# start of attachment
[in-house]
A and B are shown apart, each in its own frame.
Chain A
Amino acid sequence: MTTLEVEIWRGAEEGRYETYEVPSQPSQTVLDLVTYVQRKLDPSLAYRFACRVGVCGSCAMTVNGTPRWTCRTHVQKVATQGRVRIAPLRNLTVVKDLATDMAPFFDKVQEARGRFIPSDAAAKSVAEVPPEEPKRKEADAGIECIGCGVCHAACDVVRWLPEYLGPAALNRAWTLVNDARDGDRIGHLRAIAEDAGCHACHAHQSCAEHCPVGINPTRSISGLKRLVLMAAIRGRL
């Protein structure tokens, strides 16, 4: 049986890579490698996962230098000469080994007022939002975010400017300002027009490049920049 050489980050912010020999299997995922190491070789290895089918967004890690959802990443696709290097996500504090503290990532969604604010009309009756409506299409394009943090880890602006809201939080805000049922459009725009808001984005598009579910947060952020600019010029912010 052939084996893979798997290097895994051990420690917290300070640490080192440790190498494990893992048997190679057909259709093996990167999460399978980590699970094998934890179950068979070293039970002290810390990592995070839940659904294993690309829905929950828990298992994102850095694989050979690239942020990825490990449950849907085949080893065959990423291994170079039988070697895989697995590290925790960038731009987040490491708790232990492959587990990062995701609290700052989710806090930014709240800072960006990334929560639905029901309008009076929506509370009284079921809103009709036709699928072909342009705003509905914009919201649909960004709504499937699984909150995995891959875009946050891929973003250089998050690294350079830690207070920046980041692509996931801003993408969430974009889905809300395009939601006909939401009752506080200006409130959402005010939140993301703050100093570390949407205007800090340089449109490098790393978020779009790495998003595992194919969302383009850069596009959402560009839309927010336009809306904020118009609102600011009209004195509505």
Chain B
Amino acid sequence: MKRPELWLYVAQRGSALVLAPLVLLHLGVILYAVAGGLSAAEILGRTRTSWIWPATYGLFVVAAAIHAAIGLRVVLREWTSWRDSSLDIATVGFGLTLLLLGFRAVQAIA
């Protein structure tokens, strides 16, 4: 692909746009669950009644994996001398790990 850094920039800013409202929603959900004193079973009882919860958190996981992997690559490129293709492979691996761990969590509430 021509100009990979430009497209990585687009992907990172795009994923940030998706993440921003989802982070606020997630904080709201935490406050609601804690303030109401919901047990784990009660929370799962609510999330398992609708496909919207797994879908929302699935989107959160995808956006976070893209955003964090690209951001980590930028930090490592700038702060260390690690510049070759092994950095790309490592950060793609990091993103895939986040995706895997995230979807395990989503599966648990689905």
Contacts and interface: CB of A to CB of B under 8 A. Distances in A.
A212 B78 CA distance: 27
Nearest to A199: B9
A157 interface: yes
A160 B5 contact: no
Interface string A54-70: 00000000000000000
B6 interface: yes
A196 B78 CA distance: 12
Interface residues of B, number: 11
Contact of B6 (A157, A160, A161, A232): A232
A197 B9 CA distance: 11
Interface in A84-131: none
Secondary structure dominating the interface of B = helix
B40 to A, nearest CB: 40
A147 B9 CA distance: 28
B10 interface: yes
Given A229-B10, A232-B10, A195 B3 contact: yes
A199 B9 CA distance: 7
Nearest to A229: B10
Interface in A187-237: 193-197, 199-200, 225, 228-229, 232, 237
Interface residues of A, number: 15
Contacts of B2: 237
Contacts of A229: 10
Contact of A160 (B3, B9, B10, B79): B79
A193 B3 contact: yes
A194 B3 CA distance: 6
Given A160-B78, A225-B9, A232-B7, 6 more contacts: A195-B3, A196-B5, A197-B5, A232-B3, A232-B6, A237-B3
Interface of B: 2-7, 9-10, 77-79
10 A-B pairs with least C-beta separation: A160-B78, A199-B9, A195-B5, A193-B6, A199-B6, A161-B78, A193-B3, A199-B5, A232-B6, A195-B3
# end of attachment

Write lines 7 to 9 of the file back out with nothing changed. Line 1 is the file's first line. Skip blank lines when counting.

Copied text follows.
Amino acid sequence: MKRPELWLYVAQRGSALVLAPLVLLHLGVILYAVAGGLSAAEILGRTRTSWIWPATYGLFVVAAAIHAAIGLRVVLREWTSWRDSSLDIATVGFGLTLLLLGFRAVQAIA
């Protein structure tokens, strides 16, 4: 692909746009669950009644994996001398790990 850094920039800013409202929603959900004193079973009882919860958190996981992997690559490129293709492979691996761990969590509430 021509100009990979430009497209990585687009992907990172795009994923940030998706993440921003989802982070606020997630904080709201935490406050609601804690303030109401919901047990784990009660929370799962609510999330398992609708496909919207797994879908929302699935989107959160995808956006976070893209955003964090690209951001980590930028930090490592700038702060260390690690510049070759092994950095790309490592950060793609990091993103895939986040995706895997995230979807395990989503599966648990689905």
Contacts and interface: CB of A to CB of B under 8 A. Distances in A.